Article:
You Can’t Plan Your Child’s Life (And That’s Probably a Good Thing)

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My son is 2 years old. He has Down syndrome, so we have been teaching him sign language to help with his communication. He has learned quite a few signs which he can competently use. Verbally, he only says a couple of words right now. One of them is my name. And he says it a lot.

“Dad-dee! Dad-dee!”

That’s what I heard when I walked through the front door after work yesterday.

I often hear it when I am on the phone with my wife and he realizes that I’m the person on the other end of the line.

Or when he wakes up and is ready for someone to come get him out of his crib.

Or when we’re sitting on the floor playing with his toys. He’ll address me while showing off what he’s working on. He wants me to see what he is doing.

It seems that I may be his favorite person right now. I’m sure that won’t always be the case. One day, he’ll realize that I’m actually a pretty average guy. Or he’ll understand that my wife is indeed the superior parent. But I’m going to enjoy being his hero for as long as possible.

When we received his prenatal diagnosis around the half-way point of my wife’s pregnancy, I wondered what it would be like to parent a child with Down syndrome. All I really had to go on were stereotypes and outdated information. I had ideas and dreams about the life my son would live, but that was when I assumed he would be a typical child. Now that I knew he had a disability, I figured life would be much different.

And I suppose it has been. And it will continue to be. But I dare say that this is probably the case for most dads. Whether your child has a disability or not, you likely have at least some dreams and ambitions for his or her life that will not be shared by your child.

It’s a familiar story. We’ve all seen the tropes play out in movies and on tv shows: The jock dad who doesn’t get his book worm son. The corporate-minded parent with the free-spirited child. The parent who expects their child will go to college, but whose child is not interested in academics. It’s familiar because it’s reality. We aren’t in control of what our kids will be like.

I certainly did not plan for my son to have Down syndrome. I did not expect for him to be developmentally delayed. I did not dream of all of us learning sign language together. There is a lot about my son’s life that I did not dream of or plan on or expect.

I don’t know what my son will grow up to become. I don’t know what all his interests will be. I don’t know if he’ll go to college or get married. Basically, I am in the same boat as any parent who is honest with themselves about their child’s future.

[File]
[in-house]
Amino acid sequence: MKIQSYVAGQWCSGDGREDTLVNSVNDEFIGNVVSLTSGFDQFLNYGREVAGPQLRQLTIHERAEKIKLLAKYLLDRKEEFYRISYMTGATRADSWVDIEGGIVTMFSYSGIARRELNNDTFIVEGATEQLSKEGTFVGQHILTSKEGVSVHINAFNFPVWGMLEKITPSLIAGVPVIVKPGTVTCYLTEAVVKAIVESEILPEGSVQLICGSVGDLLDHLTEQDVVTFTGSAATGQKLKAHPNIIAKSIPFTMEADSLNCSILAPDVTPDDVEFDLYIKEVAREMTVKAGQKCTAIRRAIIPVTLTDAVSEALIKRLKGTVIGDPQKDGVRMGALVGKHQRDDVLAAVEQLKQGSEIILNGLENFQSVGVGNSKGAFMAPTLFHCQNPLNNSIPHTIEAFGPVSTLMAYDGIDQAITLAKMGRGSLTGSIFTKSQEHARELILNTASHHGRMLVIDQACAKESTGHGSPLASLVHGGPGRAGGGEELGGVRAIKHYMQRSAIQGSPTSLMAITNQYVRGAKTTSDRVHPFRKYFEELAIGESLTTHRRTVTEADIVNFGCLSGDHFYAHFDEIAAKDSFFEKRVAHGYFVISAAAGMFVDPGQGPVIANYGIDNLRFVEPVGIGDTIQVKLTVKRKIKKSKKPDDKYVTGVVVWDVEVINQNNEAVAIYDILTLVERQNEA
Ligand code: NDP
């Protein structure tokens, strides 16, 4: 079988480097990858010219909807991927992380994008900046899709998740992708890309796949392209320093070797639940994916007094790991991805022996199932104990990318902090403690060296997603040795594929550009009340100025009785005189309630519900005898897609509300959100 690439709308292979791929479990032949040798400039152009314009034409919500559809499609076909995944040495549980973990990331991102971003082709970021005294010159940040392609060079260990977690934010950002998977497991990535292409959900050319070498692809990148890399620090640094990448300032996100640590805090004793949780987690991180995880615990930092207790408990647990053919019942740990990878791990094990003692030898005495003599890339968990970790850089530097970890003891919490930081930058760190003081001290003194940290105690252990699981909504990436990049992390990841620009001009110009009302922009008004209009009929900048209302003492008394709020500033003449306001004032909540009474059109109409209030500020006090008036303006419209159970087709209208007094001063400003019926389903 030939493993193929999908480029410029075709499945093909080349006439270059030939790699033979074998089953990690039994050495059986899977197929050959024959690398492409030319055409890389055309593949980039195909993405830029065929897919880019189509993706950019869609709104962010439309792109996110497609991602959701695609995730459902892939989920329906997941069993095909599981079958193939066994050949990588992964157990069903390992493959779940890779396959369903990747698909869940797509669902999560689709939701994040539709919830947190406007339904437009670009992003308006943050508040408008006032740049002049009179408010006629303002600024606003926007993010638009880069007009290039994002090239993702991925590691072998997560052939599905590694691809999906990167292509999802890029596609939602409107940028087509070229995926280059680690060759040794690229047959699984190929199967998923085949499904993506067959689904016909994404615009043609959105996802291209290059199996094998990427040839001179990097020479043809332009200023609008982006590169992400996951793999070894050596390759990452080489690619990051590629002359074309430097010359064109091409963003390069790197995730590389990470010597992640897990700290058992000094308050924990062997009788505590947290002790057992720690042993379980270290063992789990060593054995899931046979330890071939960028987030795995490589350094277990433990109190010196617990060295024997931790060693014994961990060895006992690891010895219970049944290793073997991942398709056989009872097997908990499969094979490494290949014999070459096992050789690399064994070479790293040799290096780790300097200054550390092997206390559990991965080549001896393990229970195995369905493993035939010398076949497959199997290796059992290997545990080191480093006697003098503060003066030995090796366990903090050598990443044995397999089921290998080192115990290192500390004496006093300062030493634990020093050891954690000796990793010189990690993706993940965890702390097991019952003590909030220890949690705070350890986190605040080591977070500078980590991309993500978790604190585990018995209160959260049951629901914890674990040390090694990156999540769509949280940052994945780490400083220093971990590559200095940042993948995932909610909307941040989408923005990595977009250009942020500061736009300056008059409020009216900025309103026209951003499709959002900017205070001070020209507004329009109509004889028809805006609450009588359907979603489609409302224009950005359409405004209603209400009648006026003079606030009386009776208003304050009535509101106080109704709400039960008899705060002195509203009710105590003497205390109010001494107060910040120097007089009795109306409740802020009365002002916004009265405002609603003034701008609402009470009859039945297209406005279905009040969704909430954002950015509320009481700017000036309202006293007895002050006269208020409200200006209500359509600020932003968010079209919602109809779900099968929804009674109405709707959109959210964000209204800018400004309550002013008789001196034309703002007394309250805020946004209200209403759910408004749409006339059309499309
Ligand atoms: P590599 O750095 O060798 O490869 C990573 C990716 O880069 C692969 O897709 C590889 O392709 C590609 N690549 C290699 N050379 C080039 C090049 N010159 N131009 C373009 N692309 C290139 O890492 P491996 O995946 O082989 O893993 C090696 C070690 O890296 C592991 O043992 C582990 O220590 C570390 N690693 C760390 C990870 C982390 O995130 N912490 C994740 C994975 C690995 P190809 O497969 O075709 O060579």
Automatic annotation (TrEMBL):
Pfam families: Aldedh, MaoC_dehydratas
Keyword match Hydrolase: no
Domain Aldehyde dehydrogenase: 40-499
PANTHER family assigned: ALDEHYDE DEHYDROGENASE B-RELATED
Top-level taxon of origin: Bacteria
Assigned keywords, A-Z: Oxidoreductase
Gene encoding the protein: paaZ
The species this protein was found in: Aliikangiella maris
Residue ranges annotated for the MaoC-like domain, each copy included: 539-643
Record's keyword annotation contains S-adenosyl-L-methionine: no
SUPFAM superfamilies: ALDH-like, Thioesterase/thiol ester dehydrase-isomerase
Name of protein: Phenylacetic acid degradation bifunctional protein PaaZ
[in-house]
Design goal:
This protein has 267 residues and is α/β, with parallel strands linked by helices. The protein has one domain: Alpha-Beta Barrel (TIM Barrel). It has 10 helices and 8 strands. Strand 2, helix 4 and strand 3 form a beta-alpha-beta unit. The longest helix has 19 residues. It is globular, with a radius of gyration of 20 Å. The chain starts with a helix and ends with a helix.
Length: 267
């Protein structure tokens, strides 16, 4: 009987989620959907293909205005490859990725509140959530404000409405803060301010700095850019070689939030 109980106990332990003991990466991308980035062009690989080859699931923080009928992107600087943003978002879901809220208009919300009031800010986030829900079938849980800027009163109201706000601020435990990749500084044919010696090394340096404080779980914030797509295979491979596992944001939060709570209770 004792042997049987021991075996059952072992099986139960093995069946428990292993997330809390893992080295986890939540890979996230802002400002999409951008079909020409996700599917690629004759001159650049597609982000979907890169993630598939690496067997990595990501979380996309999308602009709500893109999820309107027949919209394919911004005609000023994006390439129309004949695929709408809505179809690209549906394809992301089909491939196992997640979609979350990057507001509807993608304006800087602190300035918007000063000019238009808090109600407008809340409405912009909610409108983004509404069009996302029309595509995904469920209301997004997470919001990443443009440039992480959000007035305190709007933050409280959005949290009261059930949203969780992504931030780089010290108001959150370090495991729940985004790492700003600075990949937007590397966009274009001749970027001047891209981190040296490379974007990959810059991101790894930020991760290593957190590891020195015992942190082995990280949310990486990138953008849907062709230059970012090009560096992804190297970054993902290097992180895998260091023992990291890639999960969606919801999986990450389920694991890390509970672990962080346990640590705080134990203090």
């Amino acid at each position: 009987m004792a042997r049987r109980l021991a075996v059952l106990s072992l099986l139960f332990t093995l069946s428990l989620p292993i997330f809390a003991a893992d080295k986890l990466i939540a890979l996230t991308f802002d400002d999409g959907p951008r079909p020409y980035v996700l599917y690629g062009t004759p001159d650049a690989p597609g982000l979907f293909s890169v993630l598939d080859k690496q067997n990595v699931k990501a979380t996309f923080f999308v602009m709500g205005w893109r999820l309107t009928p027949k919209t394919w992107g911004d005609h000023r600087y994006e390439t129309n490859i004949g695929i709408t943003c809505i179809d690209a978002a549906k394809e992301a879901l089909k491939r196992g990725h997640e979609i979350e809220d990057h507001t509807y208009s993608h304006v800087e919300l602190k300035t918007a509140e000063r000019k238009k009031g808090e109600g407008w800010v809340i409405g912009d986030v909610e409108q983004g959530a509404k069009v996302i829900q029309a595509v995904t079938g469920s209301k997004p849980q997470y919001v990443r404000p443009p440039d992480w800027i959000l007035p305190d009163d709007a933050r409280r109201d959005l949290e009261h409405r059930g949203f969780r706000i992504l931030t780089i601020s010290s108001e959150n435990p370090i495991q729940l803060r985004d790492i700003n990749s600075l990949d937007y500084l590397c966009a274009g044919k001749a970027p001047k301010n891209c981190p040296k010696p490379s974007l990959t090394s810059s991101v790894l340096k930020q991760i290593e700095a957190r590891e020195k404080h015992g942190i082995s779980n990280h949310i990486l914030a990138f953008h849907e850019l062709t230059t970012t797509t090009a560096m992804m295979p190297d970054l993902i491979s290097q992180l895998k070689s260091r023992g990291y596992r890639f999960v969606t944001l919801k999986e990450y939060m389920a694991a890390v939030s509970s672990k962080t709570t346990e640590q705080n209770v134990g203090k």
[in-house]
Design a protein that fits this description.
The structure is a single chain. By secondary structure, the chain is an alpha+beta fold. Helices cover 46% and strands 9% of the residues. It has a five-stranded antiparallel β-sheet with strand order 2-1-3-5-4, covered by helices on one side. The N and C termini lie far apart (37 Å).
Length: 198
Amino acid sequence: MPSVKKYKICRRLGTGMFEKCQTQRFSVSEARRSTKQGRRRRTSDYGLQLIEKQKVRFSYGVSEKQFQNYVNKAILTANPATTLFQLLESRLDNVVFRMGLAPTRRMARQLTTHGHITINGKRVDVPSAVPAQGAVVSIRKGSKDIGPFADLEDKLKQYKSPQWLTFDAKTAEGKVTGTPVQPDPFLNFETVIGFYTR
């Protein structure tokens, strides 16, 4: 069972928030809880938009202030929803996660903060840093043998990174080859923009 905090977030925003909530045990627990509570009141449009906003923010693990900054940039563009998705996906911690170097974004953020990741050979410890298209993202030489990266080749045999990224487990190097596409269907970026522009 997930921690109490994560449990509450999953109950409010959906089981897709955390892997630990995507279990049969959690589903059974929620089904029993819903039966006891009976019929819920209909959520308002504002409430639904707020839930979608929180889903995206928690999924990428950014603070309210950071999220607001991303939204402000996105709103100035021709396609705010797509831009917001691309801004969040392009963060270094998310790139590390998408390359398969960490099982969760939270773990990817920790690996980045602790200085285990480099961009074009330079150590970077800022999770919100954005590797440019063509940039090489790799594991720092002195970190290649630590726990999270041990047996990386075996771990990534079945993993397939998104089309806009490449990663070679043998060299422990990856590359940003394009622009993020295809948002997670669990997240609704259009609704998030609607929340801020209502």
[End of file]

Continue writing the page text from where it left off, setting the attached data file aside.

But believe it or not, I was right about some of the things I expected when I began dreaming about raising my son.

I expected a son I could play games with. Do you know what I got? A son who loves to roll his ball back and forth with me.

And I hoped that my son would like animals. I definitely got that one right.

I dreamed of going out in nature with him. My little guy loves playing in his tent and going outside for walks. I bet we’ll have camping trips and hikes in our future.

I looked forward to taking him to church and sharing my faith with him. He may not understand my beliefs yet, but he certainly loves going to church and participating in worship services.

You see, people with Down syndrome are, as the saying goes, more like the rest of us than they are different. Sure, life with my son isn’t exactly what I expected, but I am willing to bet that I would say the same thing if he hadn’t been born with that extra chromosome.

If you are expecting a child (with or without a disability like Down syndrome), prepare to be flexible. But more importantly, prepare to appreciate the uniqueness of your child.

In the event that Down syndrome is going to part of your child’s life, please don’t assume that things will be bad. Different? Probably. But bad? Absolutely not. Your baby will be just like any other child. They will play, laugh, cry, snuggle, dance, and all of the other things that babies typically do.

When I come home after work and see my son, I am overjoyed. Not because he has Down syndrome or in spite of the fact that he has Down syndrome. I am overjoyed because I know that he is my son and because he knows that I am his dad.

He makes sure I know that too. He’s the only person who addresses me as “Dad-dee”.

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